Modern bullion coins allow investors to own investment grade gold legal tender coins at a small premium to the spot price of gold as quoted on the markets. The value of bullion coins and bars is determined by the price of gold and thus follows the bullion price.
Gold is available in the form of bullion coins, minted in the US, in Canada, South Africa, Austria, Australia, China and other countries. Most bullion coins are minted in 1/10oz, 1/4oz, 1/2oz & 1oz form (and some can be bought in 2oz, 10oz & 1 kilo). However, one ounce gold bullion coins such as Krugerrands, eagles and maples are by far the most popular for private investors as they are internationally recognized.
The Perth Mint Certificate Programme is the only government backed precious metal certificate programme in the world. It allows investors to own bullion in unallocated or allocated accounts. The Perth Mint is rated AAA by S&P credit rating agency and is one of the safest and securest ways to own investment grade gold bullion. There are no initial or ongoing shipping, insurance, holding or custodial fees and thus it is one of the most cost effective ways for investors to own bullion.
Most investors opt to own their bullion in unallocated accounts as there are no insurance or holding fees on them and there is the flexibility of being able to transfer to an allocated account simply by paying small fabrication fees should the investor deem it necessary. Bullion can be shipped internationally from an allocated account or from an unallocated account once it has been converted to allocated.
Mineral exploration, mining and the processes used to mine and produce metals are highly technical. Therefore investors in gold production and exploration company stocks should equip themselves with a basic understanding of the industry, in order to identify possible pitfalls and the risk-reward relationships of entering this investment sector. Investors should generally not buy just one or two stocks, but rather a basket of unhedged stocks or a mutual fund.
Derivatives, such as ETFs, gold forwards, futures, options and spread betting are normally short term speculations on the future price of gold and other markets such as commodities, shares or bonds, interest rates, exchange rates, or indices (such as a stock market index, consumer price index (CPI) or an index of weather conditions). They are financial instruments which derive their value from or whose price is dependent on the underlying equity, indices, commodity or currency. One does not directly own the underlying asset and one does not have a right to take possession of the underlying tangible asset. Leverage or borrowing substantially may increase investment gains but also increases risk as if the price goes against the purchaser they may be subject to a margin call. There is significant leverage involved with derivatives and they are thus considered risky for non professionals as the potential positive or negative outcome is greatly magnified.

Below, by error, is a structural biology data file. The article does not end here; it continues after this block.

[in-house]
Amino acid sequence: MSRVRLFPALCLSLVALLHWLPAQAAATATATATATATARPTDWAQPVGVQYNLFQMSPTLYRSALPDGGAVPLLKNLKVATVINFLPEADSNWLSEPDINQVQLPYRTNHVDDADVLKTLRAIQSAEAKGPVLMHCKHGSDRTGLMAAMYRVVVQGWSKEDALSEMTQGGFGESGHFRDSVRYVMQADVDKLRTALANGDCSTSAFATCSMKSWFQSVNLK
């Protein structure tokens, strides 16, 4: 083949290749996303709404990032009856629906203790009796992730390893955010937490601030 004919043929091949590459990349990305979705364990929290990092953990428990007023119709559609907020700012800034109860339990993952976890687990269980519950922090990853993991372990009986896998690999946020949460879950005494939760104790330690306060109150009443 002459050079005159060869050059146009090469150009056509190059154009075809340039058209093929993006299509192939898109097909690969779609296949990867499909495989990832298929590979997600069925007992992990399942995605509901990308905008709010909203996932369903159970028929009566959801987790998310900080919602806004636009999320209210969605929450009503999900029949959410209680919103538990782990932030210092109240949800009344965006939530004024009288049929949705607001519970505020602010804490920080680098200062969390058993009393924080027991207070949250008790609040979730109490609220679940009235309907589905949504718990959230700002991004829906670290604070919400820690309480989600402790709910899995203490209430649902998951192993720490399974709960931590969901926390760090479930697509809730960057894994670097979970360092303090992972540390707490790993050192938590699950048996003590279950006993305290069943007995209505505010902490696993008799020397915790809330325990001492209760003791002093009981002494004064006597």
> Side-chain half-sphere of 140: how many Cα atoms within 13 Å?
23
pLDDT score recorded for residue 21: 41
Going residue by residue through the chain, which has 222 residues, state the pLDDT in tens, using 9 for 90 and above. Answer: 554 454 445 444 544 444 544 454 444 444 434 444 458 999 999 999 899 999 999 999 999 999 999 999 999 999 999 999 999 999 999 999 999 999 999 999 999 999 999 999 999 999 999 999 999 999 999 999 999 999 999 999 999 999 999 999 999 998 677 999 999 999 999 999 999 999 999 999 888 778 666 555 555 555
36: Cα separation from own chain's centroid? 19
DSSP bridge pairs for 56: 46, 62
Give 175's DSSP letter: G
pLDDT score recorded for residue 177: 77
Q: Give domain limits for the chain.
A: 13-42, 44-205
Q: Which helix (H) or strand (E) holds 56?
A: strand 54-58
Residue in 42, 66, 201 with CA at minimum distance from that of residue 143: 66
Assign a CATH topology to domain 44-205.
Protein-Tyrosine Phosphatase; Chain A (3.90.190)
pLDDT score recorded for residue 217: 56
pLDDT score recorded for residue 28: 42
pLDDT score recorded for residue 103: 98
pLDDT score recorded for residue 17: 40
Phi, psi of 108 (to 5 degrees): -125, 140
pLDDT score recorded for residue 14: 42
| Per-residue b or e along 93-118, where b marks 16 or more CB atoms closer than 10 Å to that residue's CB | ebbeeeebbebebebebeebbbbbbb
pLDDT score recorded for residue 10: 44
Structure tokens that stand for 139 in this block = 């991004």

The gold ETF being an exchange-traded fund can be bought and sold only on stock exchanges thus saving you the trouble of keeping physical gold. What's more, unlike with jewellery, coins and bars which come with high initial buying and selling charges, the gold ETF costs much lower. The transparency in pricing is another advantage. The price at which it is bought is probably the closest to the actual price of gold, and therefore, the benchmark is the physical gold price.
Gold stocks are not gold - rather they are shares in gold mining companies. If the gold price rises, profits of a gold mining company should rise and as a result the share price should rise. There are many factors to take into account and it is not always the case that a share price will rise when the gold price increases. It is important to consider the performance and abilities of the management, auditors and geologists; the conduct of trade unions; a company’s gold hedging position; whether it is producing or exploring; its cost basis; how much reserves it has in the ground and whether it is subject to political, economic, nationalisation or environmental risk.
Individual gold shares would be regarded as more volatile and risky. There is a higher risk-reward scenario and thus gold shares are regarded as more speculative. However, the added risk can be compensated for by the leverage which can result in higher returns. Such higher returns would be expected from mid and large-capitalisation un-hedged senior gold mining companies with proven reserves and strong earnings which have strong balance sheets and growth in resources and production and effective company management.
Instead of personally selecting individual shares, some investors spread their risk by investing in collective investment vehicles specialising in investing in the shares of gold mining companies. These include mutual funds, open-ended investment companies (OEICs), closed-end funds, unit trusts.
Collective investment vehicles are a good way to invest in the precious metal mining sector as an investor’s risk is greatly reduced; mutual funds are not dependent on the performance and profits of one individual gold mining company and specialists in the field choose a diversified portfolio of gold mining companies.
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